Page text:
Like in 2017, when the wrong film was announced as the Best Picture – when another small film from diverse film-makers with few stars (Moonlight) unexpectedly overcame the awards season’s star-studded juggernaut (La La Land), the controversy will be remembered long after the bulk of the winners.
But there were other winners – a handful of surprises and plenty of sure things; Troy Kotsur, Ariana De Bose and Will Smith picked up awards at almost all the other ceremonies during Awards Season, with Jessica Chastain – named Best Actress for The Eyes of Tammy Faye – sweeping up all the others, except the BAFTA, where she wasn’t even nominated.
The Power of the Dog went into the ceremony with twelve nominations – in eleven categories – but left with only one prize, for its director.
CODA, which was up for awards in three categories – won them all; the top prize of Best Picture, Kotsur’s acting honour and the director Sian Heder picked up the third for her adapted screenplay.
The film to end the night with the most prizes was Dune, which picked up six awards, including Original Score, cinematography, visual effects, editing, sound and production design.
The other technical awards saw Cruella earning costume designer Jenny Beavan her third statuette from eleven nominations and The Eyes of Tammy Faye picking up a second prize, for make-up and hair. With the controversy over some of the technical wards being handed out before the show started, Chastain and Dune star Timothée Chalamet were in the Dolby Theatre to offer support to the below-the-line talent on their films.
Encanto was not a surprise winner of the Best Animated Feature prize, although – as a musical – it was perhaps a surprise that it didn’t win the Best Original Song – that went to Billie Eilish for the latest James Bond song, No Time To Die, matching the achievement of the previous two Bong Songs, Adele for Skyfall and Sam Smith for SPECTRE‘s Writing’s On The Wall.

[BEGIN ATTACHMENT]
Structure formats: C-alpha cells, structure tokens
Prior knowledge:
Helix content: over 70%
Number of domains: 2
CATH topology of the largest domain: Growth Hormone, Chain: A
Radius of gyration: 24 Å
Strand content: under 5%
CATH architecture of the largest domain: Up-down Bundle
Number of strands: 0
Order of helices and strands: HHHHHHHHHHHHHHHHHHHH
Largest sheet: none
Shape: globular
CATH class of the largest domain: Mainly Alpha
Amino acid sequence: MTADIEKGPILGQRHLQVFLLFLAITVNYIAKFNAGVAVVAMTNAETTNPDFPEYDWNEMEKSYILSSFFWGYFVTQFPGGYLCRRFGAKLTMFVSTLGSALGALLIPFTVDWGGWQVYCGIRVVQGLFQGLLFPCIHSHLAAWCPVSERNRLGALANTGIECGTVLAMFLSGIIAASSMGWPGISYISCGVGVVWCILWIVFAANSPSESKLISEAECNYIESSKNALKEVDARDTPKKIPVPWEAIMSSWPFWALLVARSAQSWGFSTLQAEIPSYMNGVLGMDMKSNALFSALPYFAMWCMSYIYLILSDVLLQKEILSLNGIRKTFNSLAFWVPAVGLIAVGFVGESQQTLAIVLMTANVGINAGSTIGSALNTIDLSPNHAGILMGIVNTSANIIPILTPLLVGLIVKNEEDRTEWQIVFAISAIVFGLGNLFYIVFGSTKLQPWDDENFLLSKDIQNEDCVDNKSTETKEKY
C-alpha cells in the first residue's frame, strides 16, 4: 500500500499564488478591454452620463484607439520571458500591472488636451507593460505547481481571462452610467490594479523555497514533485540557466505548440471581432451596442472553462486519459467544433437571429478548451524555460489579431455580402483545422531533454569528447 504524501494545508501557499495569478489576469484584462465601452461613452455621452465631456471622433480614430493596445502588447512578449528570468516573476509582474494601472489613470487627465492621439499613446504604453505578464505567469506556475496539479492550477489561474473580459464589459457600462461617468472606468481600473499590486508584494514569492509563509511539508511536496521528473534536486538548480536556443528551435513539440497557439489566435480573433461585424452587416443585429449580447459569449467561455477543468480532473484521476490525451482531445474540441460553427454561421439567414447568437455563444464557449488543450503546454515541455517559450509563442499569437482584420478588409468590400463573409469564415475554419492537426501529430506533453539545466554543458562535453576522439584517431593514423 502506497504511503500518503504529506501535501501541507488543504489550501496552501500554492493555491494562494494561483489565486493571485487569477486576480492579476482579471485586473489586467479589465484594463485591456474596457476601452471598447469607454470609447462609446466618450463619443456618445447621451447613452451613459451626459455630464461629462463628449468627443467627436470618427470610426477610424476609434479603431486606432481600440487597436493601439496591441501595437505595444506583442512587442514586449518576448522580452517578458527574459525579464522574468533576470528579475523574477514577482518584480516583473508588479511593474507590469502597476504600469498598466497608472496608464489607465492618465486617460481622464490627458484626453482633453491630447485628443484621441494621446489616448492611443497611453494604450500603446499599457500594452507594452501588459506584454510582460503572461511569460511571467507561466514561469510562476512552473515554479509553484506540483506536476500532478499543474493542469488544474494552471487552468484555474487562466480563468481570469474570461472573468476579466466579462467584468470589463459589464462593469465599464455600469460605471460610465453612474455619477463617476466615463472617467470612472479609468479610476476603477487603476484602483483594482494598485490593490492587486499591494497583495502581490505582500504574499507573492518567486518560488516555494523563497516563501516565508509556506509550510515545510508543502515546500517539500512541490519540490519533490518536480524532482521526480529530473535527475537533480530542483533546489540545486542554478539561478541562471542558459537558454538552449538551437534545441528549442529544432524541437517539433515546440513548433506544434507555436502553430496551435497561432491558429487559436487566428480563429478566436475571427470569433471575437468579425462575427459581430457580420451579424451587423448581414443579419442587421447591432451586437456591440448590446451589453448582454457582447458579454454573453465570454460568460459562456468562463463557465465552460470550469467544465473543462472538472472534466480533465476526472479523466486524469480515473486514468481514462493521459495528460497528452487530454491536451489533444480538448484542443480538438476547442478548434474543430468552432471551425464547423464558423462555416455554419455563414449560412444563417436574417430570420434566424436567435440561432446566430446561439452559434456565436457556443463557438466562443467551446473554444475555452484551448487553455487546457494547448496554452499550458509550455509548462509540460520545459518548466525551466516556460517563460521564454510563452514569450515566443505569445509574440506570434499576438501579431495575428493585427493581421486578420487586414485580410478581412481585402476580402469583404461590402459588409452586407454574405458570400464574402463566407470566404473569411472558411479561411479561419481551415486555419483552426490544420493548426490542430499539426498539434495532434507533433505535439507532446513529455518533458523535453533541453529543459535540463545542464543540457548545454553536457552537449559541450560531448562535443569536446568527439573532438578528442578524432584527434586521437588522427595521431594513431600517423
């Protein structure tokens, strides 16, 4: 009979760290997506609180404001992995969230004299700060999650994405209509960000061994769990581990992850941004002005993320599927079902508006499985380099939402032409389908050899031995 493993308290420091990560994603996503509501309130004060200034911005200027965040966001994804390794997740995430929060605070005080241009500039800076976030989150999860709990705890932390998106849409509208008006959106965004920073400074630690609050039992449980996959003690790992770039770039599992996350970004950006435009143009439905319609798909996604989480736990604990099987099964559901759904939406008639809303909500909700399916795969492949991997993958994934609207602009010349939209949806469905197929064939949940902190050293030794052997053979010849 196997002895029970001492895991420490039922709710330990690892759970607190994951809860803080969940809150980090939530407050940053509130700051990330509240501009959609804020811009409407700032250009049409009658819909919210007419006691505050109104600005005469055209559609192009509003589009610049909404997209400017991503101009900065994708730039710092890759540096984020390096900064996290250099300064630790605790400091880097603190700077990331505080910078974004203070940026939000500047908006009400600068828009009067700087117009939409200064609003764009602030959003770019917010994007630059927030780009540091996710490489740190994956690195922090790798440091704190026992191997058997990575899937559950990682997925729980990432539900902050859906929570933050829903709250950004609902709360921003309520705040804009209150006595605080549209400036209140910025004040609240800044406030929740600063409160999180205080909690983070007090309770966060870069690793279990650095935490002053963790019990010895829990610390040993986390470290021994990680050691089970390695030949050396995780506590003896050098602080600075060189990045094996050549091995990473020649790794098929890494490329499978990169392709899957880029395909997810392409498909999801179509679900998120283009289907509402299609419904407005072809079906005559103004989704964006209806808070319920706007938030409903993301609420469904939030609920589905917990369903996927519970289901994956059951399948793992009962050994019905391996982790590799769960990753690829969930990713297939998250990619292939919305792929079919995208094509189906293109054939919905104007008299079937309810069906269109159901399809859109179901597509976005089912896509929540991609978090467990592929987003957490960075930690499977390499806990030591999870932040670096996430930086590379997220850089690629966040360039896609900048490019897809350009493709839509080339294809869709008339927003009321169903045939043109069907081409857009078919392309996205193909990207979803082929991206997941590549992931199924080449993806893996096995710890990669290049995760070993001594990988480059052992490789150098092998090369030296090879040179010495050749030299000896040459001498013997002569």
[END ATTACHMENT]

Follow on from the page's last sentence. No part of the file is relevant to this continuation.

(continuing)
The other winners including Japan’s Drive My Car as the Best International Film, Summer of Soul was the Best Documentary Feature, The Queen of Basketball was the Best Documentary Short, the Best Animated Short was The Windshield Wiper while the Best Live Action Short went to The Long Goodbye, earning an Oscar for the British actor and writer, Riz Ahmed.
Here is the full list of winners of the films that history will remember as the winners in the year that the star of Ali found himself in character during the ceremony. The police, incidentally, said they would not be investigating it unless the “involved party” filed a report. The star of the sitcom “Everybody Hates Chris” has not. The Academy itself, while congratulating all the winners, stressed, in a statement, that it did not condone violence of any form.
- Winner: Coda
- Winner: Jessica Chastain – The Eyes of Tammy Faye
- Winner: Will Smith – King Richard
Best supporting actor
- Winner: Troy Kotsur – Coda
- Winner: Jane Campion – The Power of the Dog
Best adapted screenplay
- Winner: Coda – Sian Heder
Best animated feature
- Winner: Encanto
Best documentary feature
- Winner: Summer of Soul
Best international feature
- Winner: Drive My Car (Japan)
Best original score
- Winner: Dune – Hans Zimmer
- Winner: Dune – Greig Fraser
Best visual effects
- Winner: Dune – Paul Lambert, Tristan Myles, Brian Connor, Gerd Nefzer
Best film editing
- Winner: Dune – Joe Walker
Best costume design
- Winner: Cruella – Jenny Beavan
- Winner: Dune – Mac Ruth, Mark Mangini, Theo Green, Doug Hemphill and Ron Bartlett
Best production design
- Winner: Dune – Patrice Vermette and Zsuzsanna Sipos
Best live action short
- Winner: The Long Goodbye
Best animated short
- Winner: The Windshield Wiper
Best documentary short
- Winner: The Queen of Basketball